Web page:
Some years ago, talking to my neighbour, Ken Smith, about his fitness programme at a local gym, I asked if he had a personal trainer.

Ken, who played rugby for Scotland and The British Lions in the 1950s, replied that, after all these years he knew enough to be going on with.

I have been growing grass for almost as long, so one might think that I should know something about it. Well, maybe a wee bit about how it was in the good old days.

Grass growing and, just as importantly, its utilisation has changed enormously from how we did it even a decade ago, so I need an annual ‘fix’ on the latest techniques, seed mixtures and the ever-developing equipment available to measure it and make life easier.

Last year, we split a 37-acre field at Roxburgh Mains into eight paddocks using the latest electric fencing (mostly Kiwi) and watering equipment (home bred), on the market. Although our management of the pasture falls short of those who inspire me and whose advice I value, even the sceptics admit we have moved forward. Suggestions have even been made that we split up other fields.

Most of the grass at Roxburgh Mains is temporary, so ploughing out after four or five years redeems our mistakes and allows us to start again after a year or two growing grain.

At Huntlywood, which is 300 feet higher, pastures are longer term so, for some of the fields, a cereal break would be unprofitable. Nevertheless, experience teaches that a break of some sort would be beneficial.

At Roxburgh Mains, we have two adjoining fields of permanent pasture. They grow good grass but cropping is unrealistic because of the high stone content in the soil.

One of the fields, aptly named Purgatory, is reputed to have a stone so large that, in the days of the horse plough, it took a man three days to get from one side of it to the other.

In 2013, we renewed the pasture in both fields. In one field we had grown a pioneer crop of kale the previous year. We heavy disced it to get a surface tilth and sowed the grass with an Opico surface seeder.

On the other, we sprayed the sward with Roundup and after a fortnight sowed the grass seed into the turf with an Aitchison slot seeder. The grass in both fields came well and continues to look fine, however it is noticeable that weed grasses, the bane of my life, are much worse in the second field.

For pastures which are destined to be longer term, the pioneer crop may in time be better value than the economy of the direct reseed.

Some of the grass fields at Huntlywood have been down a long time and will no doubt be reseeded over future years. As on most farms, the ones nearest the steading are being improved first.

After decades in permanent pasture, we took a wheat crop off 'The House Field' and, after ploughing, reseeded it with a grass mixture with no clover in it. It looks well and now we are splitting the 11 acres into four paddocks using the same New Zealand type electric fencing and ‘fast flow’ water troughs we used last year at Roxburgh Mains.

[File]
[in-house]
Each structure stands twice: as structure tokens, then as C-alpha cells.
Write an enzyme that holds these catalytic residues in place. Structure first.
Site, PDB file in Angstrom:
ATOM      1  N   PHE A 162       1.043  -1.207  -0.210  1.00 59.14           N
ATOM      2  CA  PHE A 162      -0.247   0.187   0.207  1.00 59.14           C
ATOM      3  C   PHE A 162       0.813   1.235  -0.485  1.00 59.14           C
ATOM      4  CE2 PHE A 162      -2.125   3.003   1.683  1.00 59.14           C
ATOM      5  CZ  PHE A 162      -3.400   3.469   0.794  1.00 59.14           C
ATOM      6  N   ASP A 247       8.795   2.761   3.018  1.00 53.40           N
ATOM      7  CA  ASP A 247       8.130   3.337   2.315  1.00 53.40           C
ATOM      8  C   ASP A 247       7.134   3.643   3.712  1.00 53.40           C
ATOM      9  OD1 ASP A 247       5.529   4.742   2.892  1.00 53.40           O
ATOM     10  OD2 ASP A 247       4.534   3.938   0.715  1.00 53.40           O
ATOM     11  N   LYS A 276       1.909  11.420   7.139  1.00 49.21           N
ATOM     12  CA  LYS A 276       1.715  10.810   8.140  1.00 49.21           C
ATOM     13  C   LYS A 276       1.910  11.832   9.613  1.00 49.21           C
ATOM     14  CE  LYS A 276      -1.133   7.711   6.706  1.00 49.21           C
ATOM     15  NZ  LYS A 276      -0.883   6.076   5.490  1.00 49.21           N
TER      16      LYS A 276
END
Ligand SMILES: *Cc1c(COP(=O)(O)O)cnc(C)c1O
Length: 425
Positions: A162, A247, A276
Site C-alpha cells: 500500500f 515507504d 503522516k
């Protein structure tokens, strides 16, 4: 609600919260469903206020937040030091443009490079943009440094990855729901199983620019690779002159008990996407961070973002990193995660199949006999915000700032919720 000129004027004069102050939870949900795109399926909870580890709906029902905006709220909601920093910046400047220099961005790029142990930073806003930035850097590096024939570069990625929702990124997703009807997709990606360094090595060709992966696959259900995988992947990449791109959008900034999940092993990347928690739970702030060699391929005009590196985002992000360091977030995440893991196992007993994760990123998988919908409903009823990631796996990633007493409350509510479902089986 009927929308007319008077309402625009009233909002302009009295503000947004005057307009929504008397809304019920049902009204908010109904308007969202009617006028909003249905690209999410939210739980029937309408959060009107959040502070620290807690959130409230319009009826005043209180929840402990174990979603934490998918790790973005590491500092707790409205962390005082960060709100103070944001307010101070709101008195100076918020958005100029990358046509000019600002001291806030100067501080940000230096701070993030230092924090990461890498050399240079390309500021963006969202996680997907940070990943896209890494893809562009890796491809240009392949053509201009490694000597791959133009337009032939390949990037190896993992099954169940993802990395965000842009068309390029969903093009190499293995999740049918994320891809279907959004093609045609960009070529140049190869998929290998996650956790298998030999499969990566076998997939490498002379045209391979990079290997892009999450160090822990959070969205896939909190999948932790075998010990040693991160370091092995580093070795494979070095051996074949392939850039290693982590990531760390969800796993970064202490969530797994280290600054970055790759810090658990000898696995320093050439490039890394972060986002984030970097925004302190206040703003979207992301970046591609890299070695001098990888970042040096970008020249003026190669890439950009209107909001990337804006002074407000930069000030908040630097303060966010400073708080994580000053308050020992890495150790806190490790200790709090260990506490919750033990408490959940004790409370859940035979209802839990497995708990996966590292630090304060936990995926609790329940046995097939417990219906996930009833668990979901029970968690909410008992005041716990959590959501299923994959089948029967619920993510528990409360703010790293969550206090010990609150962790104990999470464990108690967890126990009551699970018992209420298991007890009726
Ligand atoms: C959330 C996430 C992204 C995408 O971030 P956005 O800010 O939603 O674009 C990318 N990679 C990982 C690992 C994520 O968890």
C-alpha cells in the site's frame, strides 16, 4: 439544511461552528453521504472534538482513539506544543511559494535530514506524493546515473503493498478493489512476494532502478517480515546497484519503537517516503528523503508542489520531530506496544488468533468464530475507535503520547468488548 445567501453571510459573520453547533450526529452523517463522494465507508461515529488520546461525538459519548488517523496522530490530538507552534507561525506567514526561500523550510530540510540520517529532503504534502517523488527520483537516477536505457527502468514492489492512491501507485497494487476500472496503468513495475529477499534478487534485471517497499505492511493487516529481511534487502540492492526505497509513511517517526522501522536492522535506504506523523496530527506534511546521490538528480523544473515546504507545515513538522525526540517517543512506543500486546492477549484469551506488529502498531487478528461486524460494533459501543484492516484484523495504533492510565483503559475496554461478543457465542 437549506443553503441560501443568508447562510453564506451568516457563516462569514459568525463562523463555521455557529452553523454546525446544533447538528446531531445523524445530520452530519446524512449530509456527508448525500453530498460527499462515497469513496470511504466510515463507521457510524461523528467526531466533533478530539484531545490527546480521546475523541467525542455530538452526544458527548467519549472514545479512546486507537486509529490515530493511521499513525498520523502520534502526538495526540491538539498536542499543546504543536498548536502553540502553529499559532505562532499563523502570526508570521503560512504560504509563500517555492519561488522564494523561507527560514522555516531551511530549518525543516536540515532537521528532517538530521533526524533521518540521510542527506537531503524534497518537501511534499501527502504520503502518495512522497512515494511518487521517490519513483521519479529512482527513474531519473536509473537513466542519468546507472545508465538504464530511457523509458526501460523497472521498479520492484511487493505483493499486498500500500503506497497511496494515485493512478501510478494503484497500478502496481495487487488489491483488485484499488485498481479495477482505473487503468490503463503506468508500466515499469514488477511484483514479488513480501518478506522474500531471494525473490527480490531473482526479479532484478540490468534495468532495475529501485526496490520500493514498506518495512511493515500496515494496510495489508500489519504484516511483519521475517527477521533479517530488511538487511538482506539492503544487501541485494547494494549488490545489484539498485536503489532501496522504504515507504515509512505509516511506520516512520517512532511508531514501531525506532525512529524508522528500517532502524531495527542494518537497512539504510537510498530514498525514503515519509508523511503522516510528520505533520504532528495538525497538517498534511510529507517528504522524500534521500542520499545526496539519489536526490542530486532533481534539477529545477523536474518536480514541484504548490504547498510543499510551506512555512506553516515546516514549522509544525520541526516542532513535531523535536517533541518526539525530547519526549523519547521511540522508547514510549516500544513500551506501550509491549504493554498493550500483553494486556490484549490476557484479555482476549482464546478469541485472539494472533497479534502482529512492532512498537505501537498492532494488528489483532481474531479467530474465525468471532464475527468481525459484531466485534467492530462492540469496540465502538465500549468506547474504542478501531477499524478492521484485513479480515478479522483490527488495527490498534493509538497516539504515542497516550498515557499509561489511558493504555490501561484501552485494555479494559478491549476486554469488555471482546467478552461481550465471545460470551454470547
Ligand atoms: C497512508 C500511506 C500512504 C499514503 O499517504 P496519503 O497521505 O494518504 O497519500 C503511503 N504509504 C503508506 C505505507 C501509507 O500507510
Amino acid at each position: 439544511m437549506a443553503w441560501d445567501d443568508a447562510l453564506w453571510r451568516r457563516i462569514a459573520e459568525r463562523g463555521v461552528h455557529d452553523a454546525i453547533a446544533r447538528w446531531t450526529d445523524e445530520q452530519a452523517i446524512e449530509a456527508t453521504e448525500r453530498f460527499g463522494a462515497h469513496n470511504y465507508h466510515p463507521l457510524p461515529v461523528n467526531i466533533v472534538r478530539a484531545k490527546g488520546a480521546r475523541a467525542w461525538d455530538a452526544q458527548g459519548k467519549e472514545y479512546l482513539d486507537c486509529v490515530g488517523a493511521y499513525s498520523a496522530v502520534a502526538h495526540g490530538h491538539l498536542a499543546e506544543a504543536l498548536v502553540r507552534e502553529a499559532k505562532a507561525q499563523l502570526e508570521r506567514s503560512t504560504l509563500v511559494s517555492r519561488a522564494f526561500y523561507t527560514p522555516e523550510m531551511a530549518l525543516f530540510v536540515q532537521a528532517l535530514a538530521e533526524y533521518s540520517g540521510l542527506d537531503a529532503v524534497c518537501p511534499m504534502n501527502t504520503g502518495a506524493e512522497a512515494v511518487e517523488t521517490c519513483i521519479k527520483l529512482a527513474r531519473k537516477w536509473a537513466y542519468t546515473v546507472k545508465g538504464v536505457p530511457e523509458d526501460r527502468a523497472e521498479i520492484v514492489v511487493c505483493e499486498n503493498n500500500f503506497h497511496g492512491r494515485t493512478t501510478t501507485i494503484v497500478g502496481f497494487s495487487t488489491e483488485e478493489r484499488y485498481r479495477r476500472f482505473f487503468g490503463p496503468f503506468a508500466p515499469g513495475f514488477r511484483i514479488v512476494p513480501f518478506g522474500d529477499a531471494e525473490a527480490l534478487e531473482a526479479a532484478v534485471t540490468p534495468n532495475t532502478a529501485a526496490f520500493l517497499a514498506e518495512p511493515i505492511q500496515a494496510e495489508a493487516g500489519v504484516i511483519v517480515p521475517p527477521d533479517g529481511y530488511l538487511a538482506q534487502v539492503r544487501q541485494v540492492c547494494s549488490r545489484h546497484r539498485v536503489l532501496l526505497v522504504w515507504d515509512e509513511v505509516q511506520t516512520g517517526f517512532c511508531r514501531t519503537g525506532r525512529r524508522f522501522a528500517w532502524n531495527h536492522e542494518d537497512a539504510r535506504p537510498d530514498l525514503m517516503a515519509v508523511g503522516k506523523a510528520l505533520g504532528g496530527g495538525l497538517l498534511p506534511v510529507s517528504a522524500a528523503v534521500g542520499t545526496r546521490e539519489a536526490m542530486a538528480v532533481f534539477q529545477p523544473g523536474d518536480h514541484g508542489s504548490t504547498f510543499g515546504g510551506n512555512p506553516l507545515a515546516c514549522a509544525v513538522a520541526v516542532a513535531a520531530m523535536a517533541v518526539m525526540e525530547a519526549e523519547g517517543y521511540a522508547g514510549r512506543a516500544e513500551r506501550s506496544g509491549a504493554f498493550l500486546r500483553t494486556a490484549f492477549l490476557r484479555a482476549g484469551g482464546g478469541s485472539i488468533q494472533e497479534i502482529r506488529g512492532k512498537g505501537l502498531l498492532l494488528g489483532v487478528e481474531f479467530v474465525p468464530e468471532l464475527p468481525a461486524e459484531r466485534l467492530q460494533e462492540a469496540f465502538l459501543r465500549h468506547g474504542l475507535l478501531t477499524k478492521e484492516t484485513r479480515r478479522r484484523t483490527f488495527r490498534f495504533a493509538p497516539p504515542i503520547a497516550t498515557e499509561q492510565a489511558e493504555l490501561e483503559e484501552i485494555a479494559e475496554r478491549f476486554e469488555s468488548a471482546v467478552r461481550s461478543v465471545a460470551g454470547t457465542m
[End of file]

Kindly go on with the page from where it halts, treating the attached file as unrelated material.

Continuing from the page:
The next candidate on the list is particularly well sheltered, but is so wet in the winter we can’t stock it. We cleared the outfalls which were in the surrounding woods using a huge tracked digger with a ‘Steel Wrist’ which munched heavy scrub and cut or extracted medium sized trees like a skilled dentist.

One of the newly-cleared outfalls now allows water to flow copiously. Further up, an area – after a month – still remains too wet to walk across. Whether the drain is blocked or whether the slots in the pipe are choked with ochre remains to be seen.

I have been round the field with my Dickey John soil compaction meter which sure beats howking holes with a spade. Soil compaction, for me anyway, is something of an inexact science.

I think that there is a compacted layer about six inches down. If we get a long dry spell during the summer we will try various hired grass subsoilers to see if we note an improvement in the sward and to see which machine works best.

Grass subsoiling was a hot topic in 2013 after the appalling summer of 2012, which with 1985 was the worst I can remember and much wetter here than last year.

I went to see various machines on demonstration. One, which did a good job, pulled up stones which counted it out for Roxburgh Mains. It might work well at Huntlywood, where we don’t have a stone problem. We will see!

At Upper Huntlywood, financed by timber sales, we have replanted the woodland areas, which we harvested in 2017, with Sitka Spruce in some areas and sessile oaks in tubes in others. The oaks came from forests in the Paris Basin where they have been selectively bred for centuries for strength, straight grain and superior timber.

After a century or more of giving shelter, habitat and beauty they will be crafted into the finest furniture, ships or buildings. Later this year, we plan to plant a further area of cleared woodland with sessile oaks and copper beeches under the Borders Tree Planting Scheme.

This covers all costs up to £1000 per annum and lasts for five years so should really enhance the farm and in time provide an income for future generations.